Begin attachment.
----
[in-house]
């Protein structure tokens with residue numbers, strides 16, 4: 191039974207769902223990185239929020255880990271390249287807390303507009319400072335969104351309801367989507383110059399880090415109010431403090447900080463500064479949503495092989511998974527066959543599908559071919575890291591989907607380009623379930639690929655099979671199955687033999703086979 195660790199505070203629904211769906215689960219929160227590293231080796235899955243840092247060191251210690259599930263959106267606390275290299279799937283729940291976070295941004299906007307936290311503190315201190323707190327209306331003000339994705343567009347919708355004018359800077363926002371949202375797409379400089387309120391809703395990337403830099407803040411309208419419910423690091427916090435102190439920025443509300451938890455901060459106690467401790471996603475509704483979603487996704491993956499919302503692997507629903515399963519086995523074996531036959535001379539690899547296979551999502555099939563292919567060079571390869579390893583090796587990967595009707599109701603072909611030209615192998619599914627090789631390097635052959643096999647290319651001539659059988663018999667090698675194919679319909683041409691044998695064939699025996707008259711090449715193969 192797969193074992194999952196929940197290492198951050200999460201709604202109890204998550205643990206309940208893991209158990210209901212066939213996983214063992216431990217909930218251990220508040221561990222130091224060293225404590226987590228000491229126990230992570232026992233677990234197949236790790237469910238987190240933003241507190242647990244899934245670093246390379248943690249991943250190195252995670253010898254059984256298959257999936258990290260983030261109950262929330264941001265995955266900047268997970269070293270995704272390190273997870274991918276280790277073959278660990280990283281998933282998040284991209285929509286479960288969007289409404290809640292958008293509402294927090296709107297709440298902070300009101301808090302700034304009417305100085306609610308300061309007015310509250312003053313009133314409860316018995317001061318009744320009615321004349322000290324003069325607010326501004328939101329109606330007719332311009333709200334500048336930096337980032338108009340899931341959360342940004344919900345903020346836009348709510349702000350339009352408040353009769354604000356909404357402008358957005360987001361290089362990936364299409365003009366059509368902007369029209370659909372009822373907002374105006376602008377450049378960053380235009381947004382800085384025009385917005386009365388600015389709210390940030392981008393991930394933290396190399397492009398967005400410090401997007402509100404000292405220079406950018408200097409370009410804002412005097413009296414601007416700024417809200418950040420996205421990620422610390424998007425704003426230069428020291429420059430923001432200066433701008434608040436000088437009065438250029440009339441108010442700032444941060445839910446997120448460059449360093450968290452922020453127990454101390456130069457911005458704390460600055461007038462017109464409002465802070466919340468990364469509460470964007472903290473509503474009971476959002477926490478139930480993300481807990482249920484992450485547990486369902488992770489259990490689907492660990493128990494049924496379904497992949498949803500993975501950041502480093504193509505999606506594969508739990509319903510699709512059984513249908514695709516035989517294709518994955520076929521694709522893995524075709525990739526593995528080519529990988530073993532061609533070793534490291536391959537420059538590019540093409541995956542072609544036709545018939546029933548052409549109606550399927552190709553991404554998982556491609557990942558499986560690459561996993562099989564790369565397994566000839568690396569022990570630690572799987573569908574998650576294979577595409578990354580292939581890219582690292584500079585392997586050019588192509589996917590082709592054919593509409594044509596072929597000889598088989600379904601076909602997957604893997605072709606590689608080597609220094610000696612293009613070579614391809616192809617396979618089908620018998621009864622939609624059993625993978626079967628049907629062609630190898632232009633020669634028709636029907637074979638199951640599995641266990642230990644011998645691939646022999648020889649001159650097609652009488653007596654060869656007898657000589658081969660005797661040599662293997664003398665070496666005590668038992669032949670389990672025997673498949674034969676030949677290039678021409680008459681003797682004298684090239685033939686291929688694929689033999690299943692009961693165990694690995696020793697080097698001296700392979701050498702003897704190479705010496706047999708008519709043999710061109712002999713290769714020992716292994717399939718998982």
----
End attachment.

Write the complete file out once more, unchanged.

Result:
[in-house]
């Protein structure tokens with residue numbers, strides 16, 4: 191039974207769902223990185239929020255880990271390249287807390303507009319400072335969104351309801367989507383110059399880090415109010431403090447900080463500064479949503495092989511998974527066959543599908559071919575890291591989907607380009623379930639690929655099979671199955687033999703086979 195660790199505070203629904211769906215689960219929160227590293231080796235899955243840092247060191251210690259599930263959106267606390275290299279799937283729940291976070295941004299906007307936290311503190315201190323707190327209306331003000339994705343567009347919708355004018359800077363926002371949202375797409379400089387309120391809703395990337403830099407803040411309208419419910423690091427916090435102190439920025443509300451938890455901060459106690467401790471996603475509704483979603487996704491993956499919302503692997507629903515399963519086995523074996531036959535001379539690899547296979551999502555099939563292919567060079571390869579390893583090796587990967595009707599109701603072909611030209615192998619599914627090789631390097635052959643096999647290319651001539659059988663018999667090698675194919679319909683041409691044998695064939699025996707008259711090449715193969 192797969193074992194999952196929940197290492198951050200999460201709604202109890204998550205643990206309940208893991209158990210209901212066939213996983214063992216431990217909930218251990220508040221561990222130091224060293225404590226987590228000491229126990230992570232026992233677990234197949236790790237469910238987190240933003241507190242647990244899934245670093246390379248943690249991943250190195252995670253010898254059984256298959257999936258990290260983030261109950262929330264941001265995955266900047268997970269070293270995704272390190273997870274991918276280790277073959278660990280990283281998933282998040284991209285929509286479960288969007289409404290809640292958008293509402294927090296709107297709440298902070300009101301808090302700034304009417305100085306609610308300061309007015310509250312003053313009133314409860316018995317001061318009744320009615321004349322000290324003069325607010326501004328939101329109606330007719332311009333709200334500048336930096337980032338108009340899931341959360342940004344919900345903020346836009348709510349702000350339009352408040353009769354604000356909404357402008358957005360987001361290089362990936364299409365003009366059509368902007369029209370659909372009822373907002374105006376602008377450049378960053380235009381947004382800085384025009385917005386009365388600015389709210390940030392981008393991930394933290396190399397492009398967005400410090401997007402509100404000292405220079406950018408200097409370009410804002412005097413009296414601007416700024417809200418950040420996205421990620422610390424998007425704003426230069428020291429420059430923001432200066433701008434608040436000088437009065438250029440009339441108010442700032444941060445839910446997120448460059449360093450968290452922020453127990454101390456130069457911005458704390460600055461007038462017109464409002465802070466919340468990364469509460470964007472903290473509503474009971476959002477926490478139930480993300481807990482249920484992450485547990486369902488992770489259990490689907492660990493128990494049924496379904497992949498949803500993975501950041502480093504193509505999606506594969508739990509319903510699709512059984513249908514695709516035989517294709518994955520076929521694709522893995524075709525990739526593995528080519529990988530073993532061609533070793534490291536391959537420059538590019540093409541995956542072609544036709545018939546029933548052409549109606550399927552190709553991404554998982556491609557990942558499986560690459561996993562099989564790369565397994566000839568690396569022990570630690572799987573569908574998650576294979577595409578990354580292939581890219582690292584500079585392997586050019588192509589996917590082709592054919593509409594044509596072929597000889598088989600379904601076909602997957604893997605072709606590689608080597609220094610000696612293009613070579614391809616192809617396979618089908620018998621009864622939609624059993625993978626079967628049907629062609630190898632232009633020669634028709636029907637074979638199951640599995641266990642230990644011998645691939646022999648020889649001159650097609652009488653007596654060869656007898657000589658081969660005797661040599662293997664003398665070496666005590668038992669032949670389990672025997673498949674034969676030949677290039678021409680008459681003797682004298684090239685033939686291929688694929689033999690299943692009961693165990694690995696020793697080097698001296700392979701050498702003897704190479705010496706047999708008519709043999710061109712002999713290769714020992716292994717399939718998982």